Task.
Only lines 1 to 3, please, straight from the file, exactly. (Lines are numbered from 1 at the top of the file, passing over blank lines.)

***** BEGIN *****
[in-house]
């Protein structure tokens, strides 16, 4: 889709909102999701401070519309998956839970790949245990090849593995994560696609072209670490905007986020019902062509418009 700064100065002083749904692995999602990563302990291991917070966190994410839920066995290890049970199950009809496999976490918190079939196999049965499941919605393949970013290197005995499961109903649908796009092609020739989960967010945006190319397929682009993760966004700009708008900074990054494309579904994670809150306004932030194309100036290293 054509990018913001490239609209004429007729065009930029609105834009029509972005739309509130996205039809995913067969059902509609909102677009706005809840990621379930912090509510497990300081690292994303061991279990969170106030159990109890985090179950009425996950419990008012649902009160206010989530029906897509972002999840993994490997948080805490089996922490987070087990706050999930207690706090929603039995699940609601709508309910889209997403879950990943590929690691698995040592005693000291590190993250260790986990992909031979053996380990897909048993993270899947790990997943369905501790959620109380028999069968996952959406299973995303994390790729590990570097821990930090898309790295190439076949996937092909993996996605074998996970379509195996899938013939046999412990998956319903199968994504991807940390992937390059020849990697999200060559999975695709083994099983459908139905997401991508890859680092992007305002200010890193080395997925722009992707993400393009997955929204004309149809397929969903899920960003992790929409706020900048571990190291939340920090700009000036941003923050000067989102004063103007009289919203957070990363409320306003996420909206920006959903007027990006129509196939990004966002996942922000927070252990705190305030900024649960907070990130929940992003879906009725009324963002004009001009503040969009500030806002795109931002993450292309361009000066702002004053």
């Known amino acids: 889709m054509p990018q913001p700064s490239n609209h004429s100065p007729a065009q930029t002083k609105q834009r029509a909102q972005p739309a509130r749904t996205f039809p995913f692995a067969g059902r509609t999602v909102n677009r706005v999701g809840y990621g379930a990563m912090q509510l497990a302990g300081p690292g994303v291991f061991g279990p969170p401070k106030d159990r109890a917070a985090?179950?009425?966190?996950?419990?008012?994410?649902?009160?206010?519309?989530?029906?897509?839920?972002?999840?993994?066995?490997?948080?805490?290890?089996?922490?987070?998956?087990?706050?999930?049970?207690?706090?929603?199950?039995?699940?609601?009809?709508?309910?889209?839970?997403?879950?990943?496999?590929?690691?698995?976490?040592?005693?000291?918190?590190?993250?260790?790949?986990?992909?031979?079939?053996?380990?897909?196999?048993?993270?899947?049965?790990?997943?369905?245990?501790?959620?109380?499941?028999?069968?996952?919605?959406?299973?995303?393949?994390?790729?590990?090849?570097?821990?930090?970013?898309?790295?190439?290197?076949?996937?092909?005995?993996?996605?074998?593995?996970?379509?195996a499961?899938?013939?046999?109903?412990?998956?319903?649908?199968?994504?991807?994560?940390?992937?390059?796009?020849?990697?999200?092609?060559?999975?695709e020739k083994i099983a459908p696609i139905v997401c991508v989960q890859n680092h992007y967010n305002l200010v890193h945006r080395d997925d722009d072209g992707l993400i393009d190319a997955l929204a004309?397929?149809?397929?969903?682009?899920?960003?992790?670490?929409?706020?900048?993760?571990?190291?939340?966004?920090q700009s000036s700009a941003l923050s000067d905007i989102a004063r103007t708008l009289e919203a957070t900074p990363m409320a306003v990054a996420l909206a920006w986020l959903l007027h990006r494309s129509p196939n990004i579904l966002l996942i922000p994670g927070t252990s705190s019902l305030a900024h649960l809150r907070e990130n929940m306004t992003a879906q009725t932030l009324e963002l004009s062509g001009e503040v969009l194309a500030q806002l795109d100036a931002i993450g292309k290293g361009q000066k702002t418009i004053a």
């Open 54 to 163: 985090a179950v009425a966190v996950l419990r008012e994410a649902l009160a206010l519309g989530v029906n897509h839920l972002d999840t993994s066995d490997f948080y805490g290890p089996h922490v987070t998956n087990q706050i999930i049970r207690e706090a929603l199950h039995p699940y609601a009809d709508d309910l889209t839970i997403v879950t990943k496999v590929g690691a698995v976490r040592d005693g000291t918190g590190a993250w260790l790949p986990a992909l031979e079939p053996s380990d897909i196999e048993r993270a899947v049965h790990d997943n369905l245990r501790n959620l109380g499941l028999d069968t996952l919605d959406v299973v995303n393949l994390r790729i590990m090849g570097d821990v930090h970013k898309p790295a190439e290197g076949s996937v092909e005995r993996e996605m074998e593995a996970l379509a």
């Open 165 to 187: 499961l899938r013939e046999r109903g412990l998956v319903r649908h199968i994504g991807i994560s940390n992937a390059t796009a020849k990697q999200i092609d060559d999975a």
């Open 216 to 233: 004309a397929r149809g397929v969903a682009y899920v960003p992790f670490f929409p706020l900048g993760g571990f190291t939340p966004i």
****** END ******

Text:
[in-house]
């Protein structure tokens, strides 16, 4: 889709909102999701401070519309998956839970790949245990090849593995994560696609072209670490905007986020019902062509418009 700064100065002083749904692995999602990563302990291991917070966190994410839920066995290890049970199950009809496999976490918190079939196999049965499941919605393949970013290197005995499961109903649908796009092609020739989960967010945006190319397929682009993760966004700009708008900074990054494309579904994670809150306004932030194309100036290293 054509990018913001490239609209004429007729065009930029609105834009029509972005739309509130996205039809995913067969059902509609909102677009706005809840990621379930912090509510497990300081690292994303061991279990969170106030159990109890985090179950009425996950419990008012649902009160206010989530029906897509972002999840993994490997948080805490089996922490987070087990706050999930207690706090929603039995699940609601709508309910889209997403879950990943590929690691698995040592005693000291590190993250260790986990992909031979053996380990897909048993993270899947790990997943369905501790959620109380028999069968996952959406299973995303994390790729590990570097821990930090898309790295190439076949996937092909993996996605074998996970379509195996899938013939046999412990998956319903199968994504991807940390992937390059020849990697999200060559999975695709083994099983459908139905997401991508890859680092992007305002200010890193080395997925722009992707993400393009997955929204004309149809397929969903899920960003992790929409706020900048571990190291939340920090700009000036941003923050000067989102004063103007009289919203957070990363409320306003996420909206920006959903007027990006129509196939990004966002996942922000927070252990705190305030900024649960907070990130929940992003879906009725009324963002004009001009503040969009500030806002795109931002993450292309361009000066702002004053």
């Known amino acids: 889709m054509p990018q913001p700064s490239n609209h004429s100065p007729a065009q930029t002083k609105q834009r029509a909102q972005p739309a509130r749904t996205f039809p995913f692995a067969g059902r509609t999602v909102n677009r706005v999701g809840y990621g379930a990563m912090q509510l497990a302990g300081p690292g994303v291991f061991g279990p969170p401070k106030d159990r109890a917070a985090?179950?009425?966190?996950?419990?008012?994410?649902?009160?206010?519309?989530?029906?897509?839920?972002?999840?993994?066995?490997?948080?805490?290890?089996?922490?987070?998956?087990?706050?999930?049970?207690?706090?929603?199950?039995?699940?609601?009809?709508?309910?889209?839970?997403?879950?990943?496999?590929?690691?698995?976490?040592?005693?000291?918190?590190?993250?260790?790949?986990?992909?031979?079939?053996?380990?897909?196999?048993?993270?899947?049965?790990?997943?369905?245990?501790?959620?109380?499941?028999?069968?996952?919605?959406?299973?995303?393949?994390?790729?590990?090849?570097?821990?930090?970013?898309?790295?190439?290197?076949?996937?092909?005995?993996?996605?074998?593995?996970?379509?195996a499961?899938?013939?046999?109903?412990?998956?319903?649908?199968?994504?991807?994560?940390?992937?390059?796009?020849?990697?999200?092609?060559?999975?695709e020739k083994i099983a459908p696609i139905v997401c991508v989960q890859n680092h992007y967010n305002l200010v890193h945006r080395d997925d722009d072209g992707l993400i393009d190319a997955l929204a004309?397929?149809?397929?969903?682009?899920?960003?992790?670490?929409?706020?900048?993760?571990?190291?939340?966004?920090q700009s000036s700009a941003l923050s000067d905007i989102a004063r103007t708008l009289e919203a957070t900074p990363m409320a306003v990054a996420l909206a920006w986020l959903l007027h990006r494309s129509p196939n990004i579904l966002l996942i922000p994670g927070t252990s705190s019902l305030a900024h649960l809150r907070e990130n929940m306004t992003a879906q009725t932030l009324e963002l004009s062509g001009e503040v969009l194309a500030q806002l795109d100036a931002i993450g292309k290293g361009q000066k702002t418009i004053a």